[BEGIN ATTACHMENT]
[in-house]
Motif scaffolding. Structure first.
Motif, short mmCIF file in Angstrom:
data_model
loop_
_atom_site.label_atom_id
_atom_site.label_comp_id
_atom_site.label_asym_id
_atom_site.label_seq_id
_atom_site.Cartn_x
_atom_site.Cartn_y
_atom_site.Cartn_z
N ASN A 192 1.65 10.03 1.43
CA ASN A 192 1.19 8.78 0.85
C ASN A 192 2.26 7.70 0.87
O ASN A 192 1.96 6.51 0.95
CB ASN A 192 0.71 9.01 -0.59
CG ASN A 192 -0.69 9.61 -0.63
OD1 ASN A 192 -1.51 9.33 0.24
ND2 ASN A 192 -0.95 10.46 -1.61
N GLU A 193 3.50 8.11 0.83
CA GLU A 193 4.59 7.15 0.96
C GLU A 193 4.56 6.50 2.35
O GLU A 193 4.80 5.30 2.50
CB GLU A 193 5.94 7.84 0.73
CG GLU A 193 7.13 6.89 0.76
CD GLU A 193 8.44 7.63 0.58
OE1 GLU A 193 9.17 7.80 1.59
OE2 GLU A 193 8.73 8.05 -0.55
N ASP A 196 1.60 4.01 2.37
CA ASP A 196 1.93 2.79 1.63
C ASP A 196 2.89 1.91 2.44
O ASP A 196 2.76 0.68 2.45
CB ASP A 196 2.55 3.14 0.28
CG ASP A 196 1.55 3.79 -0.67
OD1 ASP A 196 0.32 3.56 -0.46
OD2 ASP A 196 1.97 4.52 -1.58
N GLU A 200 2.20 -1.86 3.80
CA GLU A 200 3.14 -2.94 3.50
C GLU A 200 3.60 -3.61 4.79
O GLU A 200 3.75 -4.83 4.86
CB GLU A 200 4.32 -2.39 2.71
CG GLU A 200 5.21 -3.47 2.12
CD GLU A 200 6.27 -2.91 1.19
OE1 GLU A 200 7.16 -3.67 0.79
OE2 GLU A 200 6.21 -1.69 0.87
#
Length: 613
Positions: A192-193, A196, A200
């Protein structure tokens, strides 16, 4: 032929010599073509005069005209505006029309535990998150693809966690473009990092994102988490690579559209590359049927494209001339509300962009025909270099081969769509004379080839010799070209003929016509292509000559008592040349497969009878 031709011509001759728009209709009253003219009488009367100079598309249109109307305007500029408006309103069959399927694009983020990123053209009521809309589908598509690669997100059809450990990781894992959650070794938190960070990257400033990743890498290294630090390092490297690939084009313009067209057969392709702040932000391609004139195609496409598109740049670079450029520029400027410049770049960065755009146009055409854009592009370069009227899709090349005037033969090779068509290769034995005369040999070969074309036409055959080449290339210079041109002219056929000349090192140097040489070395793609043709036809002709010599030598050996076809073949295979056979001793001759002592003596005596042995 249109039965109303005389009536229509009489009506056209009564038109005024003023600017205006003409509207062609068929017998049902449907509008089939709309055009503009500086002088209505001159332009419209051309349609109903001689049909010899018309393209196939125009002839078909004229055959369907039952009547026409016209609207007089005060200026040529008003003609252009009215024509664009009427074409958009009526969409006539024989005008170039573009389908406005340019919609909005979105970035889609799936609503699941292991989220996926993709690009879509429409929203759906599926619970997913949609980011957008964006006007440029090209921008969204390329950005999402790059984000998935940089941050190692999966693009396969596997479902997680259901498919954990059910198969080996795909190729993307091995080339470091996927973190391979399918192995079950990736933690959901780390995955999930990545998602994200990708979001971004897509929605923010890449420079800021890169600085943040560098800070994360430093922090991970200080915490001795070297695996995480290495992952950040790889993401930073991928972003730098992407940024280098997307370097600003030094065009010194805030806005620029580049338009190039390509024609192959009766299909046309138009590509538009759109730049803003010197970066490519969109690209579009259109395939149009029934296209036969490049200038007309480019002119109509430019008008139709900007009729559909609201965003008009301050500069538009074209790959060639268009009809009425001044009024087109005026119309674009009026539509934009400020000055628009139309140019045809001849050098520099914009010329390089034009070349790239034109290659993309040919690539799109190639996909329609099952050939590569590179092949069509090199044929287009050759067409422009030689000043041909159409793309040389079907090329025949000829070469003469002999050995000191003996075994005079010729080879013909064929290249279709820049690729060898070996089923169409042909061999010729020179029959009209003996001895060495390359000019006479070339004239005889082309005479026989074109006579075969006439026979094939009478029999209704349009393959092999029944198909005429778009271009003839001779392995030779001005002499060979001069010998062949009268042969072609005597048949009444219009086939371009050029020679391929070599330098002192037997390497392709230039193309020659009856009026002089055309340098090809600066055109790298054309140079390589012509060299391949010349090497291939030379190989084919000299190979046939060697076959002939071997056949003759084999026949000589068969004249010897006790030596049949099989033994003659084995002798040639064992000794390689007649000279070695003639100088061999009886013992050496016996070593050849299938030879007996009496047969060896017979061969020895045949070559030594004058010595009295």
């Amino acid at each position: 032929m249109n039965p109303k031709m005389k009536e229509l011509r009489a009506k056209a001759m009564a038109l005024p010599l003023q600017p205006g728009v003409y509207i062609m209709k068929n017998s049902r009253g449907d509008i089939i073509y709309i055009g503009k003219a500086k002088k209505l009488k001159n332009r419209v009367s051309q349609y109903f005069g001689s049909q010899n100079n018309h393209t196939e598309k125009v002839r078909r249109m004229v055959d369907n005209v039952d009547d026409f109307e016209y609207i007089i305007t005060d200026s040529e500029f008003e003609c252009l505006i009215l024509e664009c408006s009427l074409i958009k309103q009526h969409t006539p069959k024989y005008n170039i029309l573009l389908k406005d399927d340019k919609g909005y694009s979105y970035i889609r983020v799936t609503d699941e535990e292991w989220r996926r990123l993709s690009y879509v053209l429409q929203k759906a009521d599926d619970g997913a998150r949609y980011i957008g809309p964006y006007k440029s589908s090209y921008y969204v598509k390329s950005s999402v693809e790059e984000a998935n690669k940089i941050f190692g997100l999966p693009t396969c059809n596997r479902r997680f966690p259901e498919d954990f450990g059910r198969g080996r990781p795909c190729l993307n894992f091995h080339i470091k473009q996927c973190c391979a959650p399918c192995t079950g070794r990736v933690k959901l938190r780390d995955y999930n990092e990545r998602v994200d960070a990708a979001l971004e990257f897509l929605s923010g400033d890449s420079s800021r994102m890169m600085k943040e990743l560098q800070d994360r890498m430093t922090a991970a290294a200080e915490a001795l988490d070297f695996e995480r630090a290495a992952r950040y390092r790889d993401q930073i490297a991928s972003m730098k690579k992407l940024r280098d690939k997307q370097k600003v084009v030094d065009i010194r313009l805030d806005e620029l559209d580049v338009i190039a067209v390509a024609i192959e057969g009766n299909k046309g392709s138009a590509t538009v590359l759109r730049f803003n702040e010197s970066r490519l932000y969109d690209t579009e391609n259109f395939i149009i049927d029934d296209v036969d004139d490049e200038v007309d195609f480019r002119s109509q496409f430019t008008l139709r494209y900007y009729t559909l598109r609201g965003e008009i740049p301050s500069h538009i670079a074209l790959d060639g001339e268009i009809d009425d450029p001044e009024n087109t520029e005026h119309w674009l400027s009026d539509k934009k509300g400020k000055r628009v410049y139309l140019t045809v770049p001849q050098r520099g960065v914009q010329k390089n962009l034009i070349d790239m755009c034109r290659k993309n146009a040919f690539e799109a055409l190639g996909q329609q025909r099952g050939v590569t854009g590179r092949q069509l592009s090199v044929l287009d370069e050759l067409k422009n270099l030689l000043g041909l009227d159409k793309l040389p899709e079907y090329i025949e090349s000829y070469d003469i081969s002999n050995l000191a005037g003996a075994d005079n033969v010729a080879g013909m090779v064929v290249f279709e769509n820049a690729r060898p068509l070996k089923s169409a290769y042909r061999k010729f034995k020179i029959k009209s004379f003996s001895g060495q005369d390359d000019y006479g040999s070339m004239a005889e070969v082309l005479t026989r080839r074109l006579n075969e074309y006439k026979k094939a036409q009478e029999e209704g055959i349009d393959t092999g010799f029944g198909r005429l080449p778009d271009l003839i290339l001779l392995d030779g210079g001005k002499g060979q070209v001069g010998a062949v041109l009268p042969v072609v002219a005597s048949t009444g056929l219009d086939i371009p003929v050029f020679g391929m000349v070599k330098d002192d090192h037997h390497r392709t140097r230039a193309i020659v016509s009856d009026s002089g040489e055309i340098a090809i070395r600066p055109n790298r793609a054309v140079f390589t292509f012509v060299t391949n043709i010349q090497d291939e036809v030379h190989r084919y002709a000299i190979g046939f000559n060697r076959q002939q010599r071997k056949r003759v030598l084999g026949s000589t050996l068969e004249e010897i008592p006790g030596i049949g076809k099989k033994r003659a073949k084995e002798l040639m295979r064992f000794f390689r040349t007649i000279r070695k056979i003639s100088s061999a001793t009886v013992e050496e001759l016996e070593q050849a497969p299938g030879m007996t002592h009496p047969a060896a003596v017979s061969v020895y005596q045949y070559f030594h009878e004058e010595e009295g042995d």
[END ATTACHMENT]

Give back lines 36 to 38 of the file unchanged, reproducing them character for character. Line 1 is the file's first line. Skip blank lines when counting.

OD1 ASP A 196 0.32 3.56 -0.46
OD2 ASP A 196 1.97 4.52 -1.58
N GLU A 200 2.20 -1.86 3.80